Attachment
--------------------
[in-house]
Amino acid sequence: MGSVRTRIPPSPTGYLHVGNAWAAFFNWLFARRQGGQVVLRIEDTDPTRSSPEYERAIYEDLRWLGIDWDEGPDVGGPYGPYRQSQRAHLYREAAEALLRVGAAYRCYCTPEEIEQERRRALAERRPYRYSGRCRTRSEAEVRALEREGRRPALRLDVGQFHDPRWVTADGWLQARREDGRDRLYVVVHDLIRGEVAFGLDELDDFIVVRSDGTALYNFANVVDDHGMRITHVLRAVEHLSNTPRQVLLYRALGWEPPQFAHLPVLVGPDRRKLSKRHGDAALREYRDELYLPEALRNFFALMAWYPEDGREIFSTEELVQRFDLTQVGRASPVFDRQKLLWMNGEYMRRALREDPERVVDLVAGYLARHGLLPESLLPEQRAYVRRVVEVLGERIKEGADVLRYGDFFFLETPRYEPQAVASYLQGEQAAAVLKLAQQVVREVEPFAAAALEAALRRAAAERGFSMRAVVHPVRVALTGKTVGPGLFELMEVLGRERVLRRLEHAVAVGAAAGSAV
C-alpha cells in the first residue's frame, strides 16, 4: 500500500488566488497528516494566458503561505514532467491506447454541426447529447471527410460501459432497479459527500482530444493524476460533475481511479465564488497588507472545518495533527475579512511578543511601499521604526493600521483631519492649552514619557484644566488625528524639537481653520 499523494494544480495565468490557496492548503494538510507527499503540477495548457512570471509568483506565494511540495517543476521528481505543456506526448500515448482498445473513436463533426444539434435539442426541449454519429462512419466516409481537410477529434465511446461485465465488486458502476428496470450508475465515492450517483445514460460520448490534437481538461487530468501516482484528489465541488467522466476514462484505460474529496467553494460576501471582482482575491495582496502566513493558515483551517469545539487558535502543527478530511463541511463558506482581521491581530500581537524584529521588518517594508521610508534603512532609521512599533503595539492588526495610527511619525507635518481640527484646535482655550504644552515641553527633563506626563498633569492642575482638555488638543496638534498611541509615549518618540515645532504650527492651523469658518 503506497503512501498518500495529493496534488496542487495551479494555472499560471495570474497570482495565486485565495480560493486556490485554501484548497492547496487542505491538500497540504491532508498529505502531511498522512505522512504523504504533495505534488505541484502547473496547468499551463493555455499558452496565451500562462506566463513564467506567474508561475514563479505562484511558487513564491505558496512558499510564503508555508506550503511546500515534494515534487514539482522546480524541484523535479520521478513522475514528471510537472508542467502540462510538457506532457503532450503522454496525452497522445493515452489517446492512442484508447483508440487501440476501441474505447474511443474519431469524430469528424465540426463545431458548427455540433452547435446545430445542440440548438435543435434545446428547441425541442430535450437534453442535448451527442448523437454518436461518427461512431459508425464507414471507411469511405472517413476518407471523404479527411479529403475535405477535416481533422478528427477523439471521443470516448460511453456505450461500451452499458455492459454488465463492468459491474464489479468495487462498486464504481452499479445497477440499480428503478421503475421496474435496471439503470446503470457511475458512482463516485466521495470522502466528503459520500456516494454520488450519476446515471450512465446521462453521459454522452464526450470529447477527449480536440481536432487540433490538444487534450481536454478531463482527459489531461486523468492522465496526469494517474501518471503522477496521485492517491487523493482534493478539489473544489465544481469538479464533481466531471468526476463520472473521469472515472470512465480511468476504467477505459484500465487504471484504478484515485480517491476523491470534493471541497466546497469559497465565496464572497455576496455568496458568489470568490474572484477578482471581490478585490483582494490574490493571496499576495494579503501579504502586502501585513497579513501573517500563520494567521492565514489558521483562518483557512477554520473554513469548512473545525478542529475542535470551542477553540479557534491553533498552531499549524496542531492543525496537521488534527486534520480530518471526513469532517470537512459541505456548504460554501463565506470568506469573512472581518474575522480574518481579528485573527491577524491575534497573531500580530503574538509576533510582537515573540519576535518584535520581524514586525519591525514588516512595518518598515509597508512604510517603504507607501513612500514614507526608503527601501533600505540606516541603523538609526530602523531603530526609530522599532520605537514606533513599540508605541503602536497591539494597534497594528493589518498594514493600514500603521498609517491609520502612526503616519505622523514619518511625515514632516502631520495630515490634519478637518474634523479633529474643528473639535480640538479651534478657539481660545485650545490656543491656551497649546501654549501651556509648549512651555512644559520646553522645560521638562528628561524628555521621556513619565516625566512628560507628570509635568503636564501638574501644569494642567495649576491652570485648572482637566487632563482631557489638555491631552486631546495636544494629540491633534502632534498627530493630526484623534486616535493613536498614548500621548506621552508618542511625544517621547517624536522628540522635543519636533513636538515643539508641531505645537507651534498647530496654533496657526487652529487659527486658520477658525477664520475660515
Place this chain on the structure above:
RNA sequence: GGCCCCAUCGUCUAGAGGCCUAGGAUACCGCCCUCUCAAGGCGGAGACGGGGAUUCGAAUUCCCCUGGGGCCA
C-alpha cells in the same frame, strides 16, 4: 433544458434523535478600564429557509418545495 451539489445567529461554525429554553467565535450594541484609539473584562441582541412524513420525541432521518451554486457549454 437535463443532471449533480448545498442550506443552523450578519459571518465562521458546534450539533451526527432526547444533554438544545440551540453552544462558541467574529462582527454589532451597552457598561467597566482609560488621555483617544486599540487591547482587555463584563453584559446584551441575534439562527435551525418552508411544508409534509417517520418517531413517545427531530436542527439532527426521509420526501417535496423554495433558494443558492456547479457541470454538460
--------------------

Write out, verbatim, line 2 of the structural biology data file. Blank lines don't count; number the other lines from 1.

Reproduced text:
Amino acid sequence: MGSVRTRIPPSPTGYLHVGNAWAAFFNWLFARRQGGQVVLRIEDTDPTRSSPEYERAIYEDLRWLGIDWDEGPDVGGPYGPYRQSQRAHLYREAAEALLRVGAAYRCYCTPEEIEQERRRALAERRPYRYSGRCRTRSEAEVRALEREGRRPALRLDVGQFHDPRWVTADGWLQARREDGRDRLYVVVHDLIRGEVAFGLDELDDFIVVRSDGTALYNFANVVDDHGMRITHVLRAVEHLSNTPRQVLLYRALGWEPPQFAHLPVLVGPDRRKLSKRHGDAALREYRDELYLPEALRNFFALMAWYPEDGREIFSTEELVQRFDLTQVGRASPVFDRQKLLWMNGEYMRRALREDPERVVDLVAGYLARHGLLPESLLPEQRAYVRRVVEVLGERIKEGADVLRYGDFFFLETPRYEPQAVASYLQGEQAAAVLKLAQQVVREVEPFAAAALEAALRRAAAERGFSMRAVVHPVRVALTGKTVGPGLFELMEVLGRERVLRRLEHAVAVGAAAGSAV